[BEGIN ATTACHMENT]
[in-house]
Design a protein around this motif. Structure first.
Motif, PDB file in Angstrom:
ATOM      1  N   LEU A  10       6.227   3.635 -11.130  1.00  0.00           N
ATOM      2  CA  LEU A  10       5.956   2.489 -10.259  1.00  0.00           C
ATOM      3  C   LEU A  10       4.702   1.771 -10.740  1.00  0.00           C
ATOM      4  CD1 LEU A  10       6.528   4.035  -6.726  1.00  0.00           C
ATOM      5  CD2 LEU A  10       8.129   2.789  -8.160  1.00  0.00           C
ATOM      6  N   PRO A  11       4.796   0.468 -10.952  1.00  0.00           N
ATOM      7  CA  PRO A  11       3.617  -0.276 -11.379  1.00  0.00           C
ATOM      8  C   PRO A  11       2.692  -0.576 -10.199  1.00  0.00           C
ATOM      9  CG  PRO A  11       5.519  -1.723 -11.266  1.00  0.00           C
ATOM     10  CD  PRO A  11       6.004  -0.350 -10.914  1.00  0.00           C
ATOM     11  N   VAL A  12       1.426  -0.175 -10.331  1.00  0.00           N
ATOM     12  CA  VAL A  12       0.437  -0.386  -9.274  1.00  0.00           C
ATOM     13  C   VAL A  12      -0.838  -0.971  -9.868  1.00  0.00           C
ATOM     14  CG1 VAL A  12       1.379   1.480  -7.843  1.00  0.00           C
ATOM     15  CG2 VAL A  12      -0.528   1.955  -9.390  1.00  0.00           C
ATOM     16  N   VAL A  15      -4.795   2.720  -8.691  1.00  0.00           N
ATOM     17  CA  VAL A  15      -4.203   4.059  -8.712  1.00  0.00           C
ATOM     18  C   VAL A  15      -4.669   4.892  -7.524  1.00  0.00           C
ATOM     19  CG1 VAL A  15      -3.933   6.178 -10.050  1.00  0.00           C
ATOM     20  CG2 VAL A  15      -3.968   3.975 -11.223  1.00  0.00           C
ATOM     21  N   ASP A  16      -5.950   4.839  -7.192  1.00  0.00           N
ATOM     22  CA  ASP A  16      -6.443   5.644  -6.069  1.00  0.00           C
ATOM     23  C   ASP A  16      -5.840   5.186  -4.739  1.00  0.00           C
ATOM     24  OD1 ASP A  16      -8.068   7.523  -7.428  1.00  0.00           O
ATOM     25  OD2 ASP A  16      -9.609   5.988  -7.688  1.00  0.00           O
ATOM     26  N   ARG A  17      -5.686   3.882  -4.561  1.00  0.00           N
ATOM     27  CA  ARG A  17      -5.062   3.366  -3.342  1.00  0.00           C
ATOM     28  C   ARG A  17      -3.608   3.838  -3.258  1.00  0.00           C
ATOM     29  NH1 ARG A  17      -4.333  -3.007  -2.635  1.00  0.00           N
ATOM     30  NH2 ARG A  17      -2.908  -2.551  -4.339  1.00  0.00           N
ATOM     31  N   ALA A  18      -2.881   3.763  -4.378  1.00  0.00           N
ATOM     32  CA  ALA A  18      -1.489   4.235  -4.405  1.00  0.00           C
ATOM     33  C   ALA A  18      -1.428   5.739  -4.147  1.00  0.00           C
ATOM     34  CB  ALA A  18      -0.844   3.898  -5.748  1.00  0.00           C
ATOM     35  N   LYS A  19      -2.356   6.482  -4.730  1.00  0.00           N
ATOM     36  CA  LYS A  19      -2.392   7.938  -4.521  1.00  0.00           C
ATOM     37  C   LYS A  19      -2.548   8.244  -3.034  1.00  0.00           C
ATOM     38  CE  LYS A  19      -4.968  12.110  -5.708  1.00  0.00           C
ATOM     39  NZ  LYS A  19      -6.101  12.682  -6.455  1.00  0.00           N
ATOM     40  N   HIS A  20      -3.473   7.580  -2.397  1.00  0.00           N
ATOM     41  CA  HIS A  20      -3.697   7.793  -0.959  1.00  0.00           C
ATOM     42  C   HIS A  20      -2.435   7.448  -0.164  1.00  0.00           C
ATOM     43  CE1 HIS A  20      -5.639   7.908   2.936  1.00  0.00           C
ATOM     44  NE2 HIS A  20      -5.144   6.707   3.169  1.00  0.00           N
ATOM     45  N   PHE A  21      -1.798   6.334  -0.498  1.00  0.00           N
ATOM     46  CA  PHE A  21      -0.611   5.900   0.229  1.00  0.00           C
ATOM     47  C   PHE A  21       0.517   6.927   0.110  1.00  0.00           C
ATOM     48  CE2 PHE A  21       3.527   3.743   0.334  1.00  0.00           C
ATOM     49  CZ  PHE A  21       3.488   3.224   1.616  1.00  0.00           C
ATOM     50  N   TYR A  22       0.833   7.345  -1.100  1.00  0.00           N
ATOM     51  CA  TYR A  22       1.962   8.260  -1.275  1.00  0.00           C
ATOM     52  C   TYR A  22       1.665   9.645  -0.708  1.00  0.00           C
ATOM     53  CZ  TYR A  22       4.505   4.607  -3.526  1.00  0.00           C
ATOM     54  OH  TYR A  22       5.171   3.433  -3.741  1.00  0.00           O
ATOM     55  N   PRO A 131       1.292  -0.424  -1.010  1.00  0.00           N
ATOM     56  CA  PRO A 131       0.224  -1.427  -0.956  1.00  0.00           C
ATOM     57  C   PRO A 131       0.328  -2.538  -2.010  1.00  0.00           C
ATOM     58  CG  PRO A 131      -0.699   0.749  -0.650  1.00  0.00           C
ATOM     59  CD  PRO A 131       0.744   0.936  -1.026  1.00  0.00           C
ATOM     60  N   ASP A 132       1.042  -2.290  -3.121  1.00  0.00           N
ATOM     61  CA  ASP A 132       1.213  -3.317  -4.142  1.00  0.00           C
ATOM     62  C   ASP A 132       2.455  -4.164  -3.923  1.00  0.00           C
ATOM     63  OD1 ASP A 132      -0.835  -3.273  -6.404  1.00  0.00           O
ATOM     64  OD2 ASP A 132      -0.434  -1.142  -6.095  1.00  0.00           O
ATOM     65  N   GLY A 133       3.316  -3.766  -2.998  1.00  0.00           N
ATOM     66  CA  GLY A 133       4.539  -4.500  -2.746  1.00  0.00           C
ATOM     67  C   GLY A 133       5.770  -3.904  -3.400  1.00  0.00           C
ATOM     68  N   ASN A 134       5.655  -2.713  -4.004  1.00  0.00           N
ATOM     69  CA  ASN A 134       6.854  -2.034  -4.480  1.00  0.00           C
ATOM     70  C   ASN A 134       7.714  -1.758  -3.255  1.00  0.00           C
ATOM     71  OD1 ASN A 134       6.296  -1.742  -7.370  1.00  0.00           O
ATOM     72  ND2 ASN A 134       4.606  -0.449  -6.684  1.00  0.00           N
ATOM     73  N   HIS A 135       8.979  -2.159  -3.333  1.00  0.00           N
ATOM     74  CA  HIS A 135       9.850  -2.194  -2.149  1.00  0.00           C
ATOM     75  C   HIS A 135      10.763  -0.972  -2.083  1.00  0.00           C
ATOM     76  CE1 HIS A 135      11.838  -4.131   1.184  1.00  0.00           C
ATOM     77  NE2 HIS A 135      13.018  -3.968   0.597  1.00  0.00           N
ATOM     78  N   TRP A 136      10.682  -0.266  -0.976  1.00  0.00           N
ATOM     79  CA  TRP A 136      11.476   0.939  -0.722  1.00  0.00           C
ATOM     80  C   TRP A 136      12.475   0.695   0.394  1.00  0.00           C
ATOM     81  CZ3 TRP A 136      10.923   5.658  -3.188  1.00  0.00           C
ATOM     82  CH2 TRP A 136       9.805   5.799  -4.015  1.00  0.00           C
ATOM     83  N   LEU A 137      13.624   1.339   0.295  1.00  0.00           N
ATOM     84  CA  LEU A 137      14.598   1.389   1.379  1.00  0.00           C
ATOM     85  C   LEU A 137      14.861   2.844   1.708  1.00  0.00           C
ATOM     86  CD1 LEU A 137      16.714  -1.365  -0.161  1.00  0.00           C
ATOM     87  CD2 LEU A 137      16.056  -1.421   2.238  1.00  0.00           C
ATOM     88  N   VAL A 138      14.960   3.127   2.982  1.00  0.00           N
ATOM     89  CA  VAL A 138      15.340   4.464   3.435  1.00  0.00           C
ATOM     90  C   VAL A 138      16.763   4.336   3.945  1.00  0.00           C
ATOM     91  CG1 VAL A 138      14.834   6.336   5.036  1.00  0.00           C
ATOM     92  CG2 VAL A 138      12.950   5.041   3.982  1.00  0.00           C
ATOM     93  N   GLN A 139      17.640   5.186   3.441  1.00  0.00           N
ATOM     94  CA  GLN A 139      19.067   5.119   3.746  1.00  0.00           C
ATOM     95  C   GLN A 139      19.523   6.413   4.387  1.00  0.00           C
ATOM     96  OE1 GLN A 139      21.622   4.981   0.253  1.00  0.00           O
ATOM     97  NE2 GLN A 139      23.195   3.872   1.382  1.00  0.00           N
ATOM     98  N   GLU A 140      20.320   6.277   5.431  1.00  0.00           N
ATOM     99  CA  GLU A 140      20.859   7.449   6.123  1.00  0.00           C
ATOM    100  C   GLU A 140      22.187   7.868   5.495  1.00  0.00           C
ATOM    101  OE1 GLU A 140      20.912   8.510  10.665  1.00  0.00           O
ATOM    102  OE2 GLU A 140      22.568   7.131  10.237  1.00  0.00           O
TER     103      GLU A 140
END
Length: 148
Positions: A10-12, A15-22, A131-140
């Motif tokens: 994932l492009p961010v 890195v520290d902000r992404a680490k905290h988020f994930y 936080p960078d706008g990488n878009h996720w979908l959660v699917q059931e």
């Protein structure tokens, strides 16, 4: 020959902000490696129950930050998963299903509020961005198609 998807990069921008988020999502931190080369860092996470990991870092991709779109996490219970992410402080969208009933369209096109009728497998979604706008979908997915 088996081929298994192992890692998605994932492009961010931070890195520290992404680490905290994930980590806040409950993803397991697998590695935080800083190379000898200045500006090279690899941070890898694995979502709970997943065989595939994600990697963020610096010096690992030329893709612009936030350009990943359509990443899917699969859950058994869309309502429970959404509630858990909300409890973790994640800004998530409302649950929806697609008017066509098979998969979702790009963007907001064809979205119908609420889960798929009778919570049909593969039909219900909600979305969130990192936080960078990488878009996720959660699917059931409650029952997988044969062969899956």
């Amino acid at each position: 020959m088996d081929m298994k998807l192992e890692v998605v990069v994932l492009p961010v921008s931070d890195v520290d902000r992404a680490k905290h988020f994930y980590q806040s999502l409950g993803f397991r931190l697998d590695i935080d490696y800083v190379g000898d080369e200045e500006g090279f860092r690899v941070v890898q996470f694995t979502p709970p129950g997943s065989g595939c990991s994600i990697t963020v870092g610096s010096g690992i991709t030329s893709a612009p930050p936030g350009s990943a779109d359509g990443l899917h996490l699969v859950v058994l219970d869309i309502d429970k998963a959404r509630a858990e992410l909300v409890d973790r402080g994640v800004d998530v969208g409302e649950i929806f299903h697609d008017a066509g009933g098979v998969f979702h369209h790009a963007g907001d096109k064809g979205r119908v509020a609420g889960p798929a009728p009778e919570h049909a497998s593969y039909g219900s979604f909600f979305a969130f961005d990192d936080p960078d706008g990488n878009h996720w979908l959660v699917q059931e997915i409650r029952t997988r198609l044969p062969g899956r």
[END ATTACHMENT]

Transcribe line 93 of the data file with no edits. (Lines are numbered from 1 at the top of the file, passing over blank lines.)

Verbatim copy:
ATOM     90  C   VAL A 138      16.763   4.336   3.945  1.00  0.00           C